Update: The following post was written back in 2008, but I think it’s still equally valid. Towards the bottom of the post, I made some suggestions of buying housing, financials, discretionary consumer companies. In retrospect, this turned out to have been the right call (as long as you bought the strongest companies) for the first two, which is also where I put my money. Knowing what kind of consumer discretionaries is popular is not really within my field of competence.
Economically speaking, the government is a zero-sum game that takes money from one group and distributes it to another group with the intention to somehow improve the world. For instance, when the government engages in war, it gets money from taxpayers (through the IRS) and savers (by issuing and selling bonds) and gives it to defense companies and soldiers which through a multiplier effect recycles the money back into the economy (while causing destruction somewhere else). In the current case of the economic stimulus package, the government gets money from savers (by issuing bonds and going further into debt) and distributes it taxpayers or consumers. Here the intention is to stimulate the economy to prevent the official declaration of a recession which would certainly look bad in a voting year.
The thinking behind the stimulus plan comes from the Keynesian idea of economic central planning. Keynensian economics was developed during the world wide depression of the 1930s where people where saving everything they had. The understanding was that people were unemployed and were saving too much. Keynes therefore proposed that the government should dislodge this inconvenient tendency by borrowing money (from the savers) and increase spending (to employ the unemployed). This was done by engaging in large scale public projects such as increased military expenses and building highways and autobahns. This project was very successful. An unintended consequence might have been World War II though but it is hard to attach blame with the world being as complicated as the world is.
Even though one might get the impression from reading pf blogs that many people have been overcome with a sudden desire to save, this is not the problem facing the economy now. Rather the problem is that thanks to Greenspan (and certain other central bankers) overly cheap credit has fueled a housing boom for several years. This resulted in a massive overproduction of housing. Furthermore it allowed the selling of real estate at increasing prices and leverage to buyers with an ever decreasing understanding of how to handle money (e.g. people with subprime credit). This money (now in the hands of the sellers) was spent and used to fuel the economy.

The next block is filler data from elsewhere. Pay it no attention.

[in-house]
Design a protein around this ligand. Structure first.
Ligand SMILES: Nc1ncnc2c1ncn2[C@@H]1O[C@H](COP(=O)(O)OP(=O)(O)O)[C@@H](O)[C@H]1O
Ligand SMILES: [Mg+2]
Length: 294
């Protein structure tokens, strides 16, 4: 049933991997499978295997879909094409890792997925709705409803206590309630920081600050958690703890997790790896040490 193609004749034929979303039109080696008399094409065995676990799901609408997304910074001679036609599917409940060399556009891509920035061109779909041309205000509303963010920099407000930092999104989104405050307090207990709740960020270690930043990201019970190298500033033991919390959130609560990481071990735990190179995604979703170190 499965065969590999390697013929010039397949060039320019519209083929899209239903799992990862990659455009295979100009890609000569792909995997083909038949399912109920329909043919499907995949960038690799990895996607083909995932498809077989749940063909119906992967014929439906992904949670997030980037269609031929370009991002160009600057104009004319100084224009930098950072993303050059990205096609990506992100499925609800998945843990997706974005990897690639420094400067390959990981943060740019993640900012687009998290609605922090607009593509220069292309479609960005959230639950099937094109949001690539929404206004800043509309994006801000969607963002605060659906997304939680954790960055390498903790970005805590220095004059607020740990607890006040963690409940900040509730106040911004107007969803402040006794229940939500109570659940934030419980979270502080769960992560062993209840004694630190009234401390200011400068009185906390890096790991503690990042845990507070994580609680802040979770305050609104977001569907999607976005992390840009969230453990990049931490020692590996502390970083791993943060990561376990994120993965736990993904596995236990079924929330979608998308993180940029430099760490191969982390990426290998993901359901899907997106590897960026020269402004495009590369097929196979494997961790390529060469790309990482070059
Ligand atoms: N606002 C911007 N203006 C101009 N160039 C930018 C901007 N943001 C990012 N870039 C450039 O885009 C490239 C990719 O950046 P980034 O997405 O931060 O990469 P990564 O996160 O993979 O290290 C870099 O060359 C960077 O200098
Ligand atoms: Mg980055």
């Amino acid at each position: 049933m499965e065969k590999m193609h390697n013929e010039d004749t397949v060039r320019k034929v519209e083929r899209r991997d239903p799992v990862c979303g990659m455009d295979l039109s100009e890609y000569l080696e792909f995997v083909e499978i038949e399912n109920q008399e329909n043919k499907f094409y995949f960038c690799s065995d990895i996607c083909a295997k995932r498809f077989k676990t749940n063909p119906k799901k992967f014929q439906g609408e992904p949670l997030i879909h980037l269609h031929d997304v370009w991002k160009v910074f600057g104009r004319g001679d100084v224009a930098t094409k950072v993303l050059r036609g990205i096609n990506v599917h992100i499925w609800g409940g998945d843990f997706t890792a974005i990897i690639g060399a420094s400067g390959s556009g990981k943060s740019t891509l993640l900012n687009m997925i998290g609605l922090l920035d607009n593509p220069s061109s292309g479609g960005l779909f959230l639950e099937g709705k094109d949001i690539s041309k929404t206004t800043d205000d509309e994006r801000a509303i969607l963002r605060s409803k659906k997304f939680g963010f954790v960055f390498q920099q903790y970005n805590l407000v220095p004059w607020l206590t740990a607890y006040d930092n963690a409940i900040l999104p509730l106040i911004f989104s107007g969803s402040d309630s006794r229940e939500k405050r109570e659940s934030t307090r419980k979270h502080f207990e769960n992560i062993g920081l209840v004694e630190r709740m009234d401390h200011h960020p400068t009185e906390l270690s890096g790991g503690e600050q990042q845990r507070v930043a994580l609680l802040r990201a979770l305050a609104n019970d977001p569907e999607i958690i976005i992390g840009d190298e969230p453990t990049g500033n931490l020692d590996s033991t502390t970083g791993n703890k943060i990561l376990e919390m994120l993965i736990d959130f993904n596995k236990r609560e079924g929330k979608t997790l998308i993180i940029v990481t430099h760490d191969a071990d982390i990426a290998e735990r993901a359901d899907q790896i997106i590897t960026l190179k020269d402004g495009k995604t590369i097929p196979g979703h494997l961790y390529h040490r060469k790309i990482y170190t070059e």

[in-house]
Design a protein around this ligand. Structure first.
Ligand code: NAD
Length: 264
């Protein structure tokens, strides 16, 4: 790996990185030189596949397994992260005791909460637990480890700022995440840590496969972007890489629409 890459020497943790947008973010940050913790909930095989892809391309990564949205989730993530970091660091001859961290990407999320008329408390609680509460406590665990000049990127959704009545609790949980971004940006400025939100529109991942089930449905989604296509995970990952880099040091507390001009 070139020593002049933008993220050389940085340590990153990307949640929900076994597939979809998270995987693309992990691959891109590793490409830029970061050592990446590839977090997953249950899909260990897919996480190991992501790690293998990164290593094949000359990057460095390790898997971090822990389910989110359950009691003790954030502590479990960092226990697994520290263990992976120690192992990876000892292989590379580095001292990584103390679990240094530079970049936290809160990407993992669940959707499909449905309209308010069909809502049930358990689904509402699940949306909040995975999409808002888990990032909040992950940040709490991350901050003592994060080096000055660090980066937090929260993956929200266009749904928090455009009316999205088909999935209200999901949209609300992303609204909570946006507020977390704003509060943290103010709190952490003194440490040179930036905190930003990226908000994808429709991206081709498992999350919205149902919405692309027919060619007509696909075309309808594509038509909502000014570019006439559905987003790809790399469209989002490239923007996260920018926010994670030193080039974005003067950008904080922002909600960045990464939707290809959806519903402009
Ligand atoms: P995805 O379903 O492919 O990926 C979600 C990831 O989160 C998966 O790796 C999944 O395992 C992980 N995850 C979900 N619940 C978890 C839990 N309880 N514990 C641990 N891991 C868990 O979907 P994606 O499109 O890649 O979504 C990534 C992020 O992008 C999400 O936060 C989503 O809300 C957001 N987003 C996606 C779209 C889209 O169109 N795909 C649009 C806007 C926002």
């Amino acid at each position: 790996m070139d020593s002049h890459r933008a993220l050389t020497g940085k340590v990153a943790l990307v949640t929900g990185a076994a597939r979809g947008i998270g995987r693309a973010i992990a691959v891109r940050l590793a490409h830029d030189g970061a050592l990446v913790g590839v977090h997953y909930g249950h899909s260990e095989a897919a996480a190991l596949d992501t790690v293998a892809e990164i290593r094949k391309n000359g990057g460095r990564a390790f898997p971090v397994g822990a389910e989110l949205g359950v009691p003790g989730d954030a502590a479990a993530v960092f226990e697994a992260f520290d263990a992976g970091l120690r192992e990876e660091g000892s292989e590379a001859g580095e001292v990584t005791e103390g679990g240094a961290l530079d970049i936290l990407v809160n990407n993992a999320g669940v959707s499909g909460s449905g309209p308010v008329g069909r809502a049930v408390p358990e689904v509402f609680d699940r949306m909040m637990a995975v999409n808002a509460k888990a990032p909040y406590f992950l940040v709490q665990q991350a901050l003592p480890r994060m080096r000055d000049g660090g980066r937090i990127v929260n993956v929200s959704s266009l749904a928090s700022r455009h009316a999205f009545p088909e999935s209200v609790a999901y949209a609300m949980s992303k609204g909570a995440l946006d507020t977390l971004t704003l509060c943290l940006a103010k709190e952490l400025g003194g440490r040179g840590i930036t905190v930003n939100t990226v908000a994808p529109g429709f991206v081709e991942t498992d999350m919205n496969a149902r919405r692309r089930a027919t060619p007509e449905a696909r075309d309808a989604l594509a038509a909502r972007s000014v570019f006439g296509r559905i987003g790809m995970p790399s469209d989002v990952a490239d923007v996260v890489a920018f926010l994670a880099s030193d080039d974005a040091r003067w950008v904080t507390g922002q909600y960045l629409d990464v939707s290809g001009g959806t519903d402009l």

Now we have a problem!
The understanding of the government is that borrowing more money from savers and giving it back to tax payers will solve the problem. However, since the problem was one of excess credit, it makes little sense for the government to borrow more money on our behalf and dole it out to every person in the country. This is like drinking tequila to cure a hangover. Most likely the money will not be spent but rather used to pay off debt. This might reduce the monthly payments for some people. However, for other people the money will not even cover one mortgage payment and thus not prevent foreclosure and the resulting drop in housing prices. Overall this will only delay the inevitable a little bit longer (but perhaps long enough to get past the election).
The main problem here is that the majority of voters do not seem to understand this and thus they will react accordingly e.g. pay off debt or buy a new TV. So what can investors do to save themselves when nobody wants to listen? (In case anyone is listening – please stop this folly!) In a country where the government has a lot of control with the economy it is wise to get as close to government spending as possible (both in terms of investments and career wise). In terms of investments, note that this time around the government is giving money back specifically to taxpayers. Now what are the taxpayers going to spend it on? My guess is TVs and credit/mortgage bills. That means financials, consumer discretionary and maybe even housing. However these are also exactly the sectors that are currently ailing, so this is a rational yet quite risky bet (due to the timing issue). An alternative strategy is to opt out of this crazy scheme. Convert the refund to foreign currency and invest in other countries that don’t believe so strongly in free lunches.
As always, this is just my personal opinion and none of this should be construed as investment advice. If you are not ready and prepared to take full responsibility for your own investment decisions I urge you to please consult with a certified professional.
Originally posted 2008-02-02 07:07:28.